I did my PhD with Prof. Mike Ritchie at the University of St Andrews, in Scotland, working on reproductive genetics of Drosophila females. I moved to Uppsala University, Sweden, in 2012, where I worked with Prof. Göran Arnqvist first as a post-doc, then as a researcher, studying sex-specific consequences of mitochondrial genetic variation. Group leader since 2018.
During my undergraduate at the University of Basel (Switzerland, supervised by Prof. Lukas Schärer) I studied the impact of social environment on the reproductive behaviour of free-living hermaphroditic flatworms (i.e., outcrossing vs. self-fertilization).
For my PhD studies I switched to work on Callosobruchus maculatus, and I am interested in the question of how males and females can express sexual dimorphism in homologous traits such as body size and coloration, while sharing the vast majority of their genes. By using a combination of artificial selection, quantitative and molecular genetics we want to unravel and understand the genetic mechanisms that allow to reduce the conflict between the sexes over optimal expression of shared traits and therefore for sexual dimorphism to evolve.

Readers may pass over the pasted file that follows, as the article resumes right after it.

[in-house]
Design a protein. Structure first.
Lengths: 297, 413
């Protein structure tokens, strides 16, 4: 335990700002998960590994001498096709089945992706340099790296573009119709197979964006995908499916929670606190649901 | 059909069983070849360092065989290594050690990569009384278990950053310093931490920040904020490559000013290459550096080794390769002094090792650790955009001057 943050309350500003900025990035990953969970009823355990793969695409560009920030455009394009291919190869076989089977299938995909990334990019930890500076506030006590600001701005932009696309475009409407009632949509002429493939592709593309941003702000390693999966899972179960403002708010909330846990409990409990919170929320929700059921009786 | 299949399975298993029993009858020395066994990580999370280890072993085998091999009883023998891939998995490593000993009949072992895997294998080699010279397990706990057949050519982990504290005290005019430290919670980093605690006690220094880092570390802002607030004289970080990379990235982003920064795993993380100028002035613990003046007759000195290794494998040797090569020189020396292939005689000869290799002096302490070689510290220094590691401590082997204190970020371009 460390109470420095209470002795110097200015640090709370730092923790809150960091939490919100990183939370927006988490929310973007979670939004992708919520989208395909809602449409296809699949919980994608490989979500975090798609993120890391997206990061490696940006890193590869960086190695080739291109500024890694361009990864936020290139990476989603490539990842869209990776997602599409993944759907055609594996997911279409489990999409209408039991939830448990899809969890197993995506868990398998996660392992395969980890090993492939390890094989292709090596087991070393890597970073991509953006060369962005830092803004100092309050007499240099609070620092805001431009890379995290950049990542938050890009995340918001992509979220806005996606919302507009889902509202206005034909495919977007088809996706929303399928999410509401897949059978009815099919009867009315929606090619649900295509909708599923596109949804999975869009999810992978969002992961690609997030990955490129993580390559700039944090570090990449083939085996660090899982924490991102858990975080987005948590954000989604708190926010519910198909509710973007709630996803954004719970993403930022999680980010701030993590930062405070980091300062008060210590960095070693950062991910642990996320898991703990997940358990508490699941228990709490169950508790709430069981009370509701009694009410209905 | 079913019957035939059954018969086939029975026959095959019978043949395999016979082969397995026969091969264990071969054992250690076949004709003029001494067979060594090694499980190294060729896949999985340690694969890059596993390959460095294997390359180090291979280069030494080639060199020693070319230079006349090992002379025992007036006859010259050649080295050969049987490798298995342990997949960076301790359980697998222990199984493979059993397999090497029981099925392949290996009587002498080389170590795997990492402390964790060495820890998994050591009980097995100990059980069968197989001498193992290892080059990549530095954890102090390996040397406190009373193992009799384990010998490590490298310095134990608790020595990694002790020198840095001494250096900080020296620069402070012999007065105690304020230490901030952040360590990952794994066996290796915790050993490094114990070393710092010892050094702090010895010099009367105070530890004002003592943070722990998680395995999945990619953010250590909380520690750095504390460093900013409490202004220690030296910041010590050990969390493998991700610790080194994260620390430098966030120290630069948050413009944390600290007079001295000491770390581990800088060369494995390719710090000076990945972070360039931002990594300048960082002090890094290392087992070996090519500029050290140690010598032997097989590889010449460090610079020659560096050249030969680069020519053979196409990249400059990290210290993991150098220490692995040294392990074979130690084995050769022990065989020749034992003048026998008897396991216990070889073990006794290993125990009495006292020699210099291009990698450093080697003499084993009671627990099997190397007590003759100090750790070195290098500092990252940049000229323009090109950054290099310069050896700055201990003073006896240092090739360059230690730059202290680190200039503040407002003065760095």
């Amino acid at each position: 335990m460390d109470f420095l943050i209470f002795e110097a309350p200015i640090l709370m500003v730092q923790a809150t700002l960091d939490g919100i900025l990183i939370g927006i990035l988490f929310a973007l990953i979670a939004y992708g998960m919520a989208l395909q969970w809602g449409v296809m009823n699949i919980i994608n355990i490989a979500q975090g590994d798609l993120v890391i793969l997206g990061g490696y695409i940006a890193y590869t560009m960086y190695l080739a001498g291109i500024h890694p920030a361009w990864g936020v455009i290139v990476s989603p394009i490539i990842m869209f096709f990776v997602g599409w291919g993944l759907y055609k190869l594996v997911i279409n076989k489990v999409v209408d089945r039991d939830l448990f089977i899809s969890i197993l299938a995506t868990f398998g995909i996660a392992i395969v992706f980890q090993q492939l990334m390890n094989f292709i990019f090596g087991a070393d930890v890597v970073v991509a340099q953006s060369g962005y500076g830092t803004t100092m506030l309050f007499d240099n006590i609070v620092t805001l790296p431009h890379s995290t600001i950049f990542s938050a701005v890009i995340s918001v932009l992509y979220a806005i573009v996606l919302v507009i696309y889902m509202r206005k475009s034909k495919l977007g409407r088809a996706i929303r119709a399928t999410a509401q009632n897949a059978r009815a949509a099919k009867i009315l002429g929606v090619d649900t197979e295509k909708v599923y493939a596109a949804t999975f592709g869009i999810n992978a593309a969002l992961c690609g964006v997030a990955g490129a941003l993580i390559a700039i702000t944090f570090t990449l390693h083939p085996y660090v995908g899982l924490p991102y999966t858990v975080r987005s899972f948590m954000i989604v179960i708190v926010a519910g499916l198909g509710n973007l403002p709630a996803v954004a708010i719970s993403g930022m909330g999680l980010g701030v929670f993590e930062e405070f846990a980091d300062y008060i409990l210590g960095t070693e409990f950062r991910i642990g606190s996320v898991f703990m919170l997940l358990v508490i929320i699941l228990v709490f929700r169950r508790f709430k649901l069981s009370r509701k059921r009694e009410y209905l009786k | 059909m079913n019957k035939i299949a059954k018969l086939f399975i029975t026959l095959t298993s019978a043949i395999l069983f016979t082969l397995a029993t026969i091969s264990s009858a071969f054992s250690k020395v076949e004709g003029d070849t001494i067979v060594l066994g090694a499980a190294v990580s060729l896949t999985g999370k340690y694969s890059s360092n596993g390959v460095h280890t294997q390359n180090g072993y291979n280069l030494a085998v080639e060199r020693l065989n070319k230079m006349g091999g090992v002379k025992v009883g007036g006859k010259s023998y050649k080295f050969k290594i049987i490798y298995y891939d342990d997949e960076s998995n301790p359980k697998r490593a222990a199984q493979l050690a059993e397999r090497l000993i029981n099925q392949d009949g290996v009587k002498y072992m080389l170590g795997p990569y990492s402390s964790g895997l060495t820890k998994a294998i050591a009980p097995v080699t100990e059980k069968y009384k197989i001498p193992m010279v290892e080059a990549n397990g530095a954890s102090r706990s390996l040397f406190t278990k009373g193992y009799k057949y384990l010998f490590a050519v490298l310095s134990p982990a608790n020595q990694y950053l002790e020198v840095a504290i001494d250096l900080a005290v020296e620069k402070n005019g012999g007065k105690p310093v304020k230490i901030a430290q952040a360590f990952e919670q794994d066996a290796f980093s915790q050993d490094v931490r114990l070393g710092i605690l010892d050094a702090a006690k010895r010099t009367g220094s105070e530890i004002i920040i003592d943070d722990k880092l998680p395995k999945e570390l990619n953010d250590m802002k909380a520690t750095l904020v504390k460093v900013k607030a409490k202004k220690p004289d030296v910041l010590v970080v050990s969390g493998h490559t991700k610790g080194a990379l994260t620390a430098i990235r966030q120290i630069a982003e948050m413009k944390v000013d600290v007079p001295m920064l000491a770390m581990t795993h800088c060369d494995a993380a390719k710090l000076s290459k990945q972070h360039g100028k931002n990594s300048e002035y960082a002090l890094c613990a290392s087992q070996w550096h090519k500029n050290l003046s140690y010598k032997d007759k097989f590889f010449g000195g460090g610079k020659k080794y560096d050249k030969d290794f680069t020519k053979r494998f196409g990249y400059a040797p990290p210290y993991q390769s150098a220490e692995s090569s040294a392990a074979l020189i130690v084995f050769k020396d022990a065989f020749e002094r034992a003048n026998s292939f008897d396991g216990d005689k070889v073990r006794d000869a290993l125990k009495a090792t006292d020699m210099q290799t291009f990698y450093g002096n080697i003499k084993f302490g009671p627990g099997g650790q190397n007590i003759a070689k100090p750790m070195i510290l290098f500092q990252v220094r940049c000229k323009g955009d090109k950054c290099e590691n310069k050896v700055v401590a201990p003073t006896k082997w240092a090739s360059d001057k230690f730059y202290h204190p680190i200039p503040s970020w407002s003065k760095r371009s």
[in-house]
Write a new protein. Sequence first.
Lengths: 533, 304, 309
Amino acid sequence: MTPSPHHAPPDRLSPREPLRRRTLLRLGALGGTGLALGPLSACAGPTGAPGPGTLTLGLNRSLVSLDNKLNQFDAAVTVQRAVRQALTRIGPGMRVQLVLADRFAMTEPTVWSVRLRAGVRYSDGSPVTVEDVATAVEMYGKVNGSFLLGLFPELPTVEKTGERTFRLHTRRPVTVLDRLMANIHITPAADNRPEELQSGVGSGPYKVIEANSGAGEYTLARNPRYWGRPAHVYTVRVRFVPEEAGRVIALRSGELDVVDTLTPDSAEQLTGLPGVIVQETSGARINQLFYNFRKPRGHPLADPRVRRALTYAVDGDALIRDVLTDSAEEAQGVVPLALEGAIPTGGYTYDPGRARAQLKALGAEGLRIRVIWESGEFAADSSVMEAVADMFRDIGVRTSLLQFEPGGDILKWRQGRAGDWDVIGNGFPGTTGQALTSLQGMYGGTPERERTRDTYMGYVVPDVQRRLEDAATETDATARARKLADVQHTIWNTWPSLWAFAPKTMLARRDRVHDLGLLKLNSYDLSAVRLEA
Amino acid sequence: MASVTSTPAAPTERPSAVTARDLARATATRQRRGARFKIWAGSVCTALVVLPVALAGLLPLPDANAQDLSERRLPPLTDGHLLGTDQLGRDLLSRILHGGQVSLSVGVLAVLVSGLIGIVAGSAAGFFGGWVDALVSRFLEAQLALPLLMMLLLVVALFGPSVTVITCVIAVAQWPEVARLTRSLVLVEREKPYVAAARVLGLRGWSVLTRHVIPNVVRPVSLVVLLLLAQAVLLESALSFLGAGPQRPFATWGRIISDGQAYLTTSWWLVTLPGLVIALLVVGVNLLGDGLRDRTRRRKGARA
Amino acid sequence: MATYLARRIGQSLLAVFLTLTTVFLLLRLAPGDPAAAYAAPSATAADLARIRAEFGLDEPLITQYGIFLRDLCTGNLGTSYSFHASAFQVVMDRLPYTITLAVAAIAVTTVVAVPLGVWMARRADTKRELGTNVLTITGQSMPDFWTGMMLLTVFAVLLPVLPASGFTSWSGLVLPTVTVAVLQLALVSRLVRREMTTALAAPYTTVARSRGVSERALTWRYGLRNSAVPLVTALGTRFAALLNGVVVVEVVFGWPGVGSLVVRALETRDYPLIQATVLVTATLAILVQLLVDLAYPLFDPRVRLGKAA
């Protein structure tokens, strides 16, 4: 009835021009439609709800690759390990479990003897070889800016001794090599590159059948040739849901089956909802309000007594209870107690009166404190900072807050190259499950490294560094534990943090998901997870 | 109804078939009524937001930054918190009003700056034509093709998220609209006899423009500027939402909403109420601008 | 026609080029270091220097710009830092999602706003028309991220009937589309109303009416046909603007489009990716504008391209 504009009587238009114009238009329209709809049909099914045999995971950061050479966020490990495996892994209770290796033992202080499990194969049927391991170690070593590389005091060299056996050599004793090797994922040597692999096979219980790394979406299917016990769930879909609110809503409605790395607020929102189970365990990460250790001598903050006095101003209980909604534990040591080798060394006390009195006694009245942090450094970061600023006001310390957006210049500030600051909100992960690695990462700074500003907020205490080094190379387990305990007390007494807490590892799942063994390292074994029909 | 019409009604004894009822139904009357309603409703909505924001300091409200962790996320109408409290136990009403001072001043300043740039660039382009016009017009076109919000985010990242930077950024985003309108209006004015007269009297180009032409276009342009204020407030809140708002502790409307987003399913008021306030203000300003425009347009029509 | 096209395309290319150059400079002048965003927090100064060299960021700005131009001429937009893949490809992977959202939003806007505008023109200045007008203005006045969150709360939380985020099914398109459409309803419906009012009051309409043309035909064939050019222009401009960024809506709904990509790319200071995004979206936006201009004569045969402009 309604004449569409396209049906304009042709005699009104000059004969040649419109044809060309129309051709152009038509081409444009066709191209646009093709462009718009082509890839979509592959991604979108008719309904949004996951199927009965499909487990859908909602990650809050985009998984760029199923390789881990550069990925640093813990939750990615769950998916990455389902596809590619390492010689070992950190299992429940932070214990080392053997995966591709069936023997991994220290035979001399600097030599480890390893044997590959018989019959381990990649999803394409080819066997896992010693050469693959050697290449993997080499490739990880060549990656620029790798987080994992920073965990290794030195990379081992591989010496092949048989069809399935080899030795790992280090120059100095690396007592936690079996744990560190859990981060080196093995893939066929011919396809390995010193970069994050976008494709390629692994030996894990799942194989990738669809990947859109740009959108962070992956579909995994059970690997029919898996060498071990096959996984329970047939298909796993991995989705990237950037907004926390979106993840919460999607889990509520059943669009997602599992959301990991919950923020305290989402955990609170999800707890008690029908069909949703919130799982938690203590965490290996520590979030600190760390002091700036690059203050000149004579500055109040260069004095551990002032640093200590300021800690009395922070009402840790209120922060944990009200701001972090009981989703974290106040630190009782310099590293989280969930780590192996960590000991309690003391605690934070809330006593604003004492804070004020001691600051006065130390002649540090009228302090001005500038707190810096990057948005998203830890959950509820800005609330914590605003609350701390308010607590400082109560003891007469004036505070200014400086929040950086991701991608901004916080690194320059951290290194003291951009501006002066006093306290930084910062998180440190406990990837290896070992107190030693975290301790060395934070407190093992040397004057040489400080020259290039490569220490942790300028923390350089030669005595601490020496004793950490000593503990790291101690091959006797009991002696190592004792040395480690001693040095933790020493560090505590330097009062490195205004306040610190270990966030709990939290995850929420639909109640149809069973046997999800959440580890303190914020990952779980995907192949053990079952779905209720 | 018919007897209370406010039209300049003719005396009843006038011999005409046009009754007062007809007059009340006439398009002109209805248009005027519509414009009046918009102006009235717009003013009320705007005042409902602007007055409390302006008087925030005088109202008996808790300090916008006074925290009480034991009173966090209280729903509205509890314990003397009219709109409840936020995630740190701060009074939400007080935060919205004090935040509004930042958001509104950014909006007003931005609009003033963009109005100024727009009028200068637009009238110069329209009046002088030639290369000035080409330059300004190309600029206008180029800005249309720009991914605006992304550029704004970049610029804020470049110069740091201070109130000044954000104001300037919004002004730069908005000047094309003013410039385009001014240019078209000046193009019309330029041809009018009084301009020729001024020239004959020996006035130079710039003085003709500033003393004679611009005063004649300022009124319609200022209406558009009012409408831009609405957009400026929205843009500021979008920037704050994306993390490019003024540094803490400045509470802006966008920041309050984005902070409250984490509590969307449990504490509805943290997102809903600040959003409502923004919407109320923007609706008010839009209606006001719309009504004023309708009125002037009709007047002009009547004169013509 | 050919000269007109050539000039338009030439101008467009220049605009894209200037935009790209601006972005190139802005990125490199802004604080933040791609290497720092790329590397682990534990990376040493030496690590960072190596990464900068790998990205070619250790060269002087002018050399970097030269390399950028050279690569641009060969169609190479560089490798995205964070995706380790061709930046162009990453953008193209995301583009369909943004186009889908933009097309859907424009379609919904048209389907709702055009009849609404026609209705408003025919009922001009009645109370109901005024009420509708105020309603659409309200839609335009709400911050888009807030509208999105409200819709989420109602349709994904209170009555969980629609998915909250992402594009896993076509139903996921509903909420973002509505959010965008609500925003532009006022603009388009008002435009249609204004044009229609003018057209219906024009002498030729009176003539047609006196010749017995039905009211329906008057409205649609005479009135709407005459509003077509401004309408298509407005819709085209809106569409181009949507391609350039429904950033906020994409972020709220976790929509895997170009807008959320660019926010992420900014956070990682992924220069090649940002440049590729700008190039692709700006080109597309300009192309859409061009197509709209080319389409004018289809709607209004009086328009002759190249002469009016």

Julian Baur (main supervisor Dr. David Berger)
Project on the evolution and genetic architecture of sexual dimorphism in coloration in C. maculatus.
Project on disentangling the relative roles of sexual and sexually antagonistic selection for generating and maintenance of inter-individual variation in behavioural syndromes.